M.C.: The Elite Boot Camp is designed to improve the athlete in more areas than just the basketball court. I wanted to combine the whole experience of athletics into a program that wasn’t so routine as showing up and shooting for an hour or open court drills. The body is a machine and you have to program it to function the way you need it to at all times, but the only way to do that is to build in stages in the most extreme conditions. I will admit the workout is unorthodox and looking at it from the outside in can be troubling for some to understand, but once you start to see the results in the athlete it tends to grow on you, leaving you wanting more. The mental growth that I have seen in the players from these workouts is rewarding.

24/48/82: Can you share with our readers the camps core principles that you have created?

M.C.: The most important principle, and perhaps the most unique part of my training is that I create my workouts around the individual athlete. Most camps offer a structured training session and expect the athlete to follow suit. I prefer to work in small groups in order to give the participants personalized workouts. When I run group training sessions, I design a curriculum that includes what I believe to be the three major factors to becoming an elite player; explosion, conditioning and consistency. Another major principle I try to install in the workouts is work ethic. In other words, learning how to workout. Anybody can go to the gym and break a sweat and claim they worked out. My goal is to teach young athletes how to give 110% on every detail of their workout and make the most out of each minute spent in the gym.

24/48/82: Can you also tell us more about the camps 'Six Step Athletic Scholarship Search System'?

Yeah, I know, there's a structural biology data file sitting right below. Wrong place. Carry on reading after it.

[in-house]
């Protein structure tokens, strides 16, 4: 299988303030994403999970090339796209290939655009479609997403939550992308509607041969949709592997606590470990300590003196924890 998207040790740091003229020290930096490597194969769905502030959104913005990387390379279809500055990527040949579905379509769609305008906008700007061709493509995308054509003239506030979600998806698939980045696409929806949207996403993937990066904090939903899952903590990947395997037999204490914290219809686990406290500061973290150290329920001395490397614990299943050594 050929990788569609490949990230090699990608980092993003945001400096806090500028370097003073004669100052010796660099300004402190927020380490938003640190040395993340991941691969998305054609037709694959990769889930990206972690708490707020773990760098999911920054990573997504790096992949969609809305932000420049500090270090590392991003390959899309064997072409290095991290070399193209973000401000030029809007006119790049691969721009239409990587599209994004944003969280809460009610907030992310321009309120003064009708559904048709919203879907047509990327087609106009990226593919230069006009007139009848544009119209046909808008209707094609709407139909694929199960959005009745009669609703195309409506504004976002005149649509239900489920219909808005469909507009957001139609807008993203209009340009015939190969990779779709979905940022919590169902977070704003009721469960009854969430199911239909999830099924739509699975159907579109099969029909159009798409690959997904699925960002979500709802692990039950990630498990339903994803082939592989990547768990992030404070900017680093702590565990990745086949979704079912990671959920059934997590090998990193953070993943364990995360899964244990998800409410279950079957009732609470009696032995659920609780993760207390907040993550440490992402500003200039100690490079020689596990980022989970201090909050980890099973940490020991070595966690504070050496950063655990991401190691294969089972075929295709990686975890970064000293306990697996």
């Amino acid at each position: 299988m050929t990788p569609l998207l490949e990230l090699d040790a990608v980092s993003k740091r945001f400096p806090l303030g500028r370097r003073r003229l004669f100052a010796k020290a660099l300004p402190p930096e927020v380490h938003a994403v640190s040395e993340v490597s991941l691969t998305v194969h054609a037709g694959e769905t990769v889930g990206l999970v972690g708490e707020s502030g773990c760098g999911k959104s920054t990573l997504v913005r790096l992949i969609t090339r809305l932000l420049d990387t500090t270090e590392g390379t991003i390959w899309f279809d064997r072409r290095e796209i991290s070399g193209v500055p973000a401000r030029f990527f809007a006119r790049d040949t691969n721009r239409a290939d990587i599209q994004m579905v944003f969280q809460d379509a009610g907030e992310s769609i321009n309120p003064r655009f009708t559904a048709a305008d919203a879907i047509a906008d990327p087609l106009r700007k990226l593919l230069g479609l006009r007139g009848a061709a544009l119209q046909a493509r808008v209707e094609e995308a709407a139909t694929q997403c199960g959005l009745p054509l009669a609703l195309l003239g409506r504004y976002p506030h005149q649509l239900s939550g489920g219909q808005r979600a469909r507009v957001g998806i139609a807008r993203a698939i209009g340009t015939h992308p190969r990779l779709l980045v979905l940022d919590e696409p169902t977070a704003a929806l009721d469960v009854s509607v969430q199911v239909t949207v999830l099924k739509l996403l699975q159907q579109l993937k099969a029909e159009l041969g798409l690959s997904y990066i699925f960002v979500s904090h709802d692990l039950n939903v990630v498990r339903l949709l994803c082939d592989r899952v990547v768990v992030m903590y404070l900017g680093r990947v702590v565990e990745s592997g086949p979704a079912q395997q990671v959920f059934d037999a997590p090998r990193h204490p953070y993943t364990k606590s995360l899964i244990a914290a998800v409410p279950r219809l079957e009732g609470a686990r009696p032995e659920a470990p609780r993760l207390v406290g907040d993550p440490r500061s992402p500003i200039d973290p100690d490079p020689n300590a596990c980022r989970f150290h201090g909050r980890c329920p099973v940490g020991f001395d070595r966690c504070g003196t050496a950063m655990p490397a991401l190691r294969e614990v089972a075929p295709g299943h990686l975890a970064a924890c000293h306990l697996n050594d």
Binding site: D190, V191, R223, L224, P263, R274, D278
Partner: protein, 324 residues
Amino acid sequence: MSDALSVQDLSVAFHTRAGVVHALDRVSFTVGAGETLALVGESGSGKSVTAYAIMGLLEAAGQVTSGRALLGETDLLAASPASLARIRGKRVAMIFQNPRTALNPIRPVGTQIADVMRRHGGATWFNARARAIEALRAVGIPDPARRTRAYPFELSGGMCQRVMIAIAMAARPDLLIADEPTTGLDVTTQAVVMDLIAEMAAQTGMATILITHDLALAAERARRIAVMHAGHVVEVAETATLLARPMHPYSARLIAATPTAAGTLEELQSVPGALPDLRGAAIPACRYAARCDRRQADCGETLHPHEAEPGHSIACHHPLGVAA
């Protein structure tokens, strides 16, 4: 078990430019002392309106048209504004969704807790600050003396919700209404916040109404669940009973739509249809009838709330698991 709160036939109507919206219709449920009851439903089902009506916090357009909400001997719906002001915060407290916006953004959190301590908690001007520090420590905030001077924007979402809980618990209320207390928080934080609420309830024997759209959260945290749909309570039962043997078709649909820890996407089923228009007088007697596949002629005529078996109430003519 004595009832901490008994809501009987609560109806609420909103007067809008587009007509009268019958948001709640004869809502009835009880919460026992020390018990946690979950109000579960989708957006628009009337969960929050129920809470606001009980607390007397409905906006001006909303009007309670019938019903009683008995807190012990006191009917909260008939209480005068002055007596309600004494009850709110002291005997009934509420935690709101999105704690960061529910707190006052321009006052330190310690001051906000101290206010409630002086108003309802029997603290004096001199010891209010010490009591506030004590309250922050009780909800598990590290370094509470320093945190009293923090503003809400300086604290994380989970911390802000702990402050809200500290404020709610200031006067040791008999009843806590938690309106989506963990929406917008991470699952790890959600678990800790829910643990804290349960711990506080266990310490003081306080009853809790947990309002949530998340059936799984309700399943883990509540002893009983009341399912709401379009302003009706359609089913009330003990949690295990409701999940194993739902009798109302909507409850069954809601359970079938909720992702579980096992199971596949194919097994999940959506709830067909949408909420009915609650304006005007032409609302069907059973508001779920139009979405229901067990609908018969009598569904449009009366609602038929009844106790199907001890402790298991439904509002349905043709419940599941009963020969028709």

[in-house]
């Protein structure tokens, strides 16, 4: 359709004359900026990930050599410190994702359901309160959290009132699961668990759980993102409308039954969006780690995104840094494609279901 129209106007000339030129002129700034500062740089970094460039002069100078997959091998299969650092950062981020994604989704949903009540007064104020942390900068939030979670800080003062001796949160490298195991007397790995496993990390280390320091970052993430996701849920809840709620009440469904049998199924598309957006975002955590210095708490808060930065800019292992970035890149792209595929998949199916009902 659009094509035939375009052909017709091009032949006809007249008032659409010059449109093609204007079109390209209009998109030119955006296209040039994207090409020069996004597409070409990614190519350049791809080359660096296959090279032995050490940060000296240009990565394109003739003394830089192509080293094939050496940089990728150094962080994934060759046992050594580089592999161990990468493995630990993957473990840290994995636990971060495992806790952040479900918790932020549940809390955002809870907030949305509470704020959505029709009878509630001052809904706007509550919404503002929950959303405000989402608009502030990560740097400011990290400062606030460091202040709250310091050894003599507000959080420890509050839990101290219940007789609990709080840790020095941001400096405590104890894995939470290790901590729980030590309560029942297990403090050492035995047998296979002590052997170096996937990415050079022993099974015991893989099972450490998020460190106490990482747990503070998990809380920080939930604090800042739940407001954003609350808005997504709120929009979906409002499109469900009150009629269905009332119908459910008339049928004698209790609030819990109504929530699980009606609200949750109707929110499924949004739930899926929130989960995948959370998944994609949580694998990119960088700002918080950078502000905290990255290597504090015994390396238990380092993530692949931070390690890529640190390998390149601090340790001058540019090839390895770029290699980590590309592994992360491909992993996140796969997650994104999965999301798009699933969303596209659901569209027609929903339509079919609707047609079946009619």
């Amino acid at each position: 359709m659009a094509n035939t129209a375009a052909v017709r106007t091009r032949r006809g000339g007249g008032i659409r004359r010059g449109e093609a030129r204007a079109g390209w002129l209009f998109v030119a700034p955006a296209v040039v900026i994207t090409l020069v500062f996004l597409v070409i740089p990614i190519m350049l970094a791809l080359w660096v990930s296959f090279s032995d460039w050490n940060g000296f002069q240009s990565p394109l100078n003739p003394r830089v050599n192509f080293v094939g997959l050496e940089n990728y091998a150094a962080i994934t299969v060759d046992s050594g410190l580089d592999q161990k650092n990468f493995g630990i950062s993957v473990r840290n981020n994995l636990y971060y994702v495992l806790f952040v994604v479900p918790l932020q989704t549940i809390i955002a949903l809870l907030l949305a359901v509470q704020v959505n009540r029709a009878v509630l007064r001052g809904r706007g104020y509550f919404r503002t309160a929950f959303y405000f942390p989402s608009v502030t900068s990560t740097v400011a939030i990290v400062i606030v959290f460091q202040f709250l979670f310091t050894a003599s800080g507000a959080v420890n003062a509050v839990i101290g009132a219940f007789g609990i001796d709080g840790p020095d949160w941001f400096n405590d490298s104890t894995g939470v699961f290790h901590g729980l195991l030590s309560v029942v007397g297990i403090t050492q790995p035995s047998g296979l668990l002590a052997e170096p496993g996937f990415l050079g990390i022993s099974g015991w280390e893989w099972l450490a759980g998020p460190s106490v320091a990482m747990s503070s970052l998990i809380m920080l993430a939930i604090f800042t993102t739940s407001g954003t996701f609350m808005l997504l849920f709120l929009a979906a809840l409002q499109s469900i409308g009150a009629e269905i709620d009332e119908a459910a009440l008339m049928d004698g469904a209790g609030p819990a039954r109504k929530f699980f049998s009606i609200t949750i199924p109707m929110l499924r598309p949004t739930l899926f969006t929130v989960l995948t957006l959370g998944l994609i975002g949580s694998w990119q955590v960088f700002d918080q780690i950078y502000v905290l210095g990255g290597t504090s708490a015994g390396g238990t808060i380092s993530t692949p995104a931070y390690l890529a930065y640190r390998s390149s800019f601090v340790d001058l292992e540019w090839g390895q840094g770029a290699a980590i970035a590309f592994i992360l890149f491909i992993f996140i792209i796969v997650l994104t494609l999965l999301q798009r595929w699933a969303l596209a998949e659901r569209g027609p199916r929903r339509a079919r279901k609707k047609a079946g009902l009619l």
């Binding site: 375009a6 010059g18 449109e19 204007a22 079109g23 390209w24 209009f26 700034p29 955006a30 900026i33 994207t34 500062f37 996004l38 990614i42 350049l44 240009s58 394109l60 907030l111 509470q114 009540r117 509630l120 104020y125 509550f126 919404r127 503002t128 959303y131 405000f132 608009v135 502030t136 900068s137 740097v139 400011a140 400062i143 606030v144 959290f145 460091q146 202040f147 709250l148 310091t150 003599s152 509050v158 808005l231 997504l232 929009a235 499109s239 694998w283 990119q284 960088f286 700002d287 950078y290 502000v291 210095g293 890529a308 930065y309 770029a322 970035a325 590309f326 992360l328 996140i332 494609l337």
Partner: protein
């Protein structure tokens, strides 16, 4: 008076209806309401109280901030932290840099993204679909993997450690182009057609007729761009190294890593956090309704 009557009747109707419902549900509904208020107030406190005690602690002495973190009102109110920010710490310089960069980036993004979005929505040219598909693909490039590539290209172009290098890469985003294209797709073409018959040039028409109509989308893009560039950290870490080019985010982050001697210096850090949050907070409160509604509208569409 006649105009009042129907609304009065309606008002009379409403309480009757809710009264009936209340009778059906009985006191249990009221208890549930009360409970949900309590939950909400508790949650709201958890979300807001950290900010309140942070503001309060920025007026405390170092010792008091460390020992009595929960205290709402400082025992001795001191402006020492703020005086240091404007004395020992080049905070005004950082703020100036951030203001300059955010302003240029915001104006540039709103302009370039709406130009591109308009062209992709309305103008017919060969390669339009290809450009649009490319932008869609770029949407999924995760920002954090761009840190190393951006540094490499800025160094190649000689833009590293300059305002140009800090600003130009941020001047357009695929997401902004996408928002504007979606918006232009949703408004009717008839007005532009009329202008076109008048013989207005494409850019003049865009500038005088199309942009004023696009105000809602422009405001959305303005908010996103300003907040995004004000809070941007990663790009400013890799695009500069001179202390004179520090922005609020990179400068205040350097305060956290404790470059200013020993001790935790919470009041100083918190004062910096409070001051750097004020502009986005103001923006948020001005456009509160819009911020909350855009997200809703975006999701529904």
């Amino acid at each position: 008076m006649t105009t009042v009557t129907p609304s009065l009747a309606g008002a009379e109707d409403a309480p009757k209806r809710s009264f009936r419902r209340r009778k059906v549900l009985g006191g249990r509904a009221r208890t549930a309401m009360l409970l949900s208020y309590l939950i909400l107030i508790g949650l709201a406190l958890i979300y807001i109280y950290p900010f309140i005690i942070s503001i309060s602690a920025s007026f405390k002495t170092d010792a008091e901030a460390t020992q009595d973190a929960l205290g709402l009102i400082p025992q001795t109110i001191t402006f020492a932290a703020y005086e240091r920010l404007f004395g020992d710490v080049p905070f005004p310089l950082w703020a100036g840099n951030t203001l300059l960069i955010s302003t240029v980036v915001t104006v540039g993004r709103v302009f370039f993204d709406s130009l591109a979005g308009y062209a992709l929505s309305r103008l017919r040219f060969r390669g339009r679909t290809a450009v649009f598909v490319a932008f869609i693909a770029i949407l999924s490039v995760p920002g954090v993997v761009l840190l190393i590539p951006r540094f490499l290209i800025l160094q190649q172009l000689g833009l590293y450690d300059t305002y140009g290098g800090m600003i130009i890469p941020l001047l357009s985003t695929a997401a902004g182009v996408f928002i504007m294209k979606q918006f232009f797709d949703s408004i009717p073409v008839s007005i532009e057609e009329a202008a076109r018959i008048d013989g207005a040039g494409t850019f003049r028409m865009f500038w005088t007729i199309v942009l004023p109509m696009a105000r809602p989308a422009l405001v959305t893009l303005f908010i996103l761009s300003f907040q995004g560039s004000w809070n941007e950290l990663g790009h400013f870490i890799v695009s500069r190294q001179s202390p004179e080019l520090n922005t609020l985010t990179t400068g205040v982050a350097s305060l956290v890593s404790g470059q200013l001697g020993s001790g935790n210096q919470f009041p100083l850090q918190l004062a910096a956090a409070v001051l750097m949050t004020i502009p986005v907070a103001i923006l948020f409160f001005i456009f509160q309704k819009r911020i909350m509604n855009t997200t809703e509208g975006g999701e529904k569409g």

M.C.: The six step camp was created by Patricia Marino and Al Musante after their daughter was in the process of trying to get recruited to play college basketball. I had the pleasure of coaching their daughter in high school and training her in the off-season. I like to share this story on how this book, workshop and self-help book came to life. This process was created to give parents the information and step by step instructions needed on how to go after their child’s dream of being a college athlete, on their own. Patricia and Al were forced to market their child to the college community without the stage of AAU or a recruiting service. The end result through their efforts landed her a full ride to the University of San Francisco, were she played and graduated. I would encourage every parent of any sport to pick up this workbook and get proactive in the process of helping their child get to college athletically. We have combined the Six Step clinic with my camp to give kids the complete program to help them become athletically better but more importantly knowledgeable of how to approach a university with all administrative steps in order. Knowledge of the details of the recruiting process is often over-looked, we assume that if an athlete is talented enough a school will automatically pick them up. This book reveals tips and secrets that everyone parent or athlete can benefit from.

24/48/82: You strike me as the kind of coach that loves and feels like its his duty to coach and help as many different individuals as possible, which is incredible. It shows true love of the game over those who just want to bulk up their resume. Just how important is it for people to realise that great basketball extends more than just the NBA or men etc?